In which, as the year comes to it’s end, our friends and collaborators look back and share their moments;
The best bits of 2008 included hearing Denis Norden talking about ‘witzelsucht’ on the radio. As this great showbusiness greybeard explained, witzelsucht is one of those German words that encompasses whole expanses of thought and endeavour – in this case an uncontrollable tendency to construct puns. Denis recalled an episode during Frank Muir’s National Service where Frank was driving an Army lorry which then broke down. He phoned HQ, helplessly riven with witzelsucht: “Hello, I’m awfully sorry, but my Commer has come to a full stop.” According to Denis, Frank was put on a charge. Could it be true? Let’s hope so.
Witzelsucht is surely an example of our natural inclination to seize at the subtle, fleeting delights in the world around us – an inclination this website embraces in style. At a time when we all seem in danger of sending the whole thing to pot, you have to start somewhere. If you can find something small to love, perhaps the big things will follow. Round here, 2008 seemed full with workaday wonder, with small things full of fathomless joy. Please read the below by means of illustration.
1. Standing on a marshside levee in north Norfolk while a bittern flies straight overhead at an altitude of 10 feet. The East Bank on the Norfolk Wildlife Trust’s reserve at Cley is an age-old birdwatching glory spot. As a mere birdwatching dilettante, I’m continually amazed by the levels of expertise you find in the people patrolling places like this. Another time at Cley I saw a heron swallow a moorhen whole. A couple of glugs and the bird was halfway down the heron’s throat, its silhouette jutting out, comically evident under the skin. Here was beauty and death side by side. Is this what Coleridge meant when he said “Nature is the devil in a fancy waistcoat”?
2. Three rows from the front at Hammersmith Apollo as Neil Young plays Winterlong and Hank To Hendrix.
3. Rhenigidale and Bernerary – places to stay run by the Gatliff Hebridean Hostels Trust on the Isle Of Harris. These hostels are old crofts sat in spellbinding territory between high heather and the sea, – reached across The Minch and through delicate light over Loch Seaforth. No advance booking, which seems to attract a game clientele. At Berneray we got to sit and hear long, unsolicited reminiscence from senior-citizen cyclist Jim. At the age of 14, he biked alone from Southend to Stonehenge. On arrival at Newbury Youth Hostel he found it closed. Not to worry. Kindly local bobbies put up in the cells for the night.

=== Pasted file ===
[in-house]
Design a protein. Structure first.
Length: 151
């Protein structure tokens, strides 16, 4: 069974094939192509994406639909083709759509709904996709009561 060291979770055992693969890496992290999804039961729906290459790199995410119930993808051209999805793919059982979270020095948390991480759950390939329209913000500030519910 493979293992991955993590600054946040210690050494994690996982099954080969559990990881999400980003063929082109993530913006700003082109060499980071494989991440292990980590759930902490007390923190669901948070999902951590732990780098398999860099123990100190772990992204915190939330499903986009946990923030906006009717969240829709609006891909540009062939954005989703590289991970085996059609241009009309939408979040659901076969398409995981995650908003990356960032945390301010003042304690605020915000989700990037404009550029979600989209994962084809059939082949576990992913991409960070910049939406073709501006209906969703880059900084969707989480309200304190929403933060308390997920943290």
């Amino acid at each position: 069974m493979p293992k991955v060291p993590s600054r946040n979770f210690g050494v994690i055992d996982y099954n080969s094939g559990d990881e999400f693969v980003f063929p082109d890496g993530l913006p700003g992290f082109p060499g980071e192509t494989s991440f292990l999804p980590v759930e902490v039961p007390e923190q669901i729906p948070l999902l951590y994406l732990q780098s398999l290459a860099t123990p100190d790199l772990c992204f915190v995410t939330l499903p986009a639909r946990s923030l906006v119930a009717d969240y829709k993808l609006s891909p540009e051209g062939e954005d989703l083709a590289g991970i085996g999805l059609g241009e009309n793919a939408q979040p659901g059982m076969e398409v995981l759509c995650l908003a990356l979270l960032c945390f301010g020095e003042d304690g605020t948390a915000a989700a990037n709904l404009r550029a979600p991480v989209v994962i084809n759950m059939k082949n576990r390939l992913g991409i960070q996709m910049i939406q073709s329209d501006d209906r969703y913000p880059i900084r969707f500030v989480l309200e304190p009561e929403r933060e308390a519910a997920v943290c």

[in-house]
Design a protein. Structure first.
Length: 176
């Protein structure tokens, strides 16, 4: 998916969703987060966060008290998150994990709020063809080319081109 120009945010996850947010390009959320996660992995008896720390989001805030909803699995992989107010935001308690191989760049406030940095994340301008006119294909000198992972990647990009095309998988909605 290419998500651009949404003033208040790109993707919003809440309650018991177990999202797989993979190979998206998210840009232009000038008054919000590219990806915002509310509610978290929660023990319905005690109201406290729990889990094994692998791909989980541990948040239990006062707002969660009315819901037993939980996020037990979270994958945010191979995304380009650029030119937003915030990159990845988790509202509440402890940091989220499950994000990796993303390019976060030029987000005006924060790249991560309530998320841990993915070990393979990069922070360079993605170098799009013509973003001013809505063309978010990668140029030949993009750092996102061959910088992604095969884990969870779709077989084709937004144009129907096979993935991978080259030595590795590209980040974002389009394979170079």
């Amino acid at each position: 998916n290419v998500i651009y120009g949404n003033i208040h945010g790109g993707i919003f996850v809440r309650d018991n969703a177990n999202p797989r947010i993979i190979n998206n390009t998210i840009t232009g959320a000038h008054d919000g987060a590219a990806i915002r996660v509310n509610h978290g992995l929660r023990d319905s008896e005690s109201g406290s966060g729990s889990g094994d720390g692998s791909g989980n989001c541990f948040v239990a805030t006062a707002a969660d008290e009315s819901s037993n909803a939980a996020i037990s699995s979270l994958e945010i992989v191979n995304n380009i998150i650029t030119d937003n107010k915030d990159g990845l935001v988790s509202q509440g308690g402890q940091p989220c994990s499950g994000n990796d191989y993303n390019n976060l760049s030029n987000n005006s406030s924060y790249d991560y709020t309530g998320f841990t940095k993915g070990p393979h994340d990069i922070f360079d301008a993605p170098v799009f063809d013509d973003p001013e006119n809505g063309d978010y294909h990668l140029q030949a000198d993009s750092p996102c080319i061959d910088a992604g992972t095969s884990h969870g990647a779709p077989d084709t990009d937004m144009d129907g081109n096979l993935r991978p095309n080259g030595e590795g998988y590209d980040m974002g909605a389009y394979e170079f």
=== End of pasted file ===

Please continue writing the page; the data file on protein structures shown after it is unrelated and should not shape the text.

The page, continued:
4. Tan Hill on the Yorkshire Dales. Familiar from the TV ads for Everest double grazing, this is the most elevated pub in England – 1732 feet above sea level. It’s treasurable place, where a bewitchingly dark interior made of slate, open fires and Yorkshire pudding looks out onto the moorland. In August the indie-rock group British Sea Power made it the setting for their mini-festival Sing Ye From The Hillsides! Here was a glorious blend of rock music and the high rocks by the Pennine Way. In the evening, we had amplified rock music, fireworks and the group’s own-brand beer. In the morning, the trilling ‘kau, kau, kau-ka–ka-kakarrrrr’ of red grouse, some outdoor pub games and a display of falconry. There was also specialist local advice on combating a hangover. On the morning festival guided walk, the young group leader stops to boil up some willow leaves. The brew included salicylic acid, a relative of aspirin. It seems to do the trick.
5. The River Wandle. The aspect of the dozy sod is always with us. I’ve lived in south London for ten years but was only vaguely aware of Thames tributary the Wandle. Some reporting work for Caught By The River allowed me to address this lack. Thanks to the work of The Wandle Trust, this river is a real-life minor miracle – a chalk stream burbling through the warehouses and estates of Croydon, Merton and Wandsworth. The upper stretches are a delight – masses of dace, barbel and chub holding their position alongside fronds of water crowfoot. Such is the water’s purity that brown trout are also found. Fishing is available with The Wandle Piscators: www.wandlepiscators.net/
6. A train over the Forth rail bridge. The engineering is amazing, the the beauty of the coastline reflected in the placenames that line the route – Kinghorn, Burntisland, Star Of Markinch.
7. A pub in west London. Nick Sanderson wasn’t a singer, but his mob-oratory provided amplified words for the glam-rock futurists of Earl Brutus – a band who surveyed the contemporary indie-rock milieu with the energy and fatalism of a Soviet Five Year Plan. Nick died in June 2008 and friends, family and associates gathered to mark his memory. Nick would have liked the Forth rail bridge, but he liked many things – his enthusiasm took in British birds, Manchester United and our nation’s railways. Before his death Nick worked as train driver – meaning he fulfilled two disparate boyish dreams, train driver and rock frontman. As with all the best lives, Nick’s passing brought as much happiness as sadness. And also the reinvigorated desire to snatch at life’s speeding mail train with a tenth of his vigour.
Nick would also have enjoyed the recent exploits of Romania’s Fotbal Club CFR 1907 Cluj. Six years ago they were the railway workers’ team, playing in Romania’s Divizia C. Their home city of Cluj-Napoca had produced much more famed offspring – Monica and Gabriela Irimia of The Cheeky Girls. But in 2008, CFR Cluj beat imperious Roma in the UEFA Champions League – playing away from home in the Italian capital. In the spirit of Nick Sanderson, the brown trout and CFR Cluj, let us set forth. Sometimes it seems anything is possible.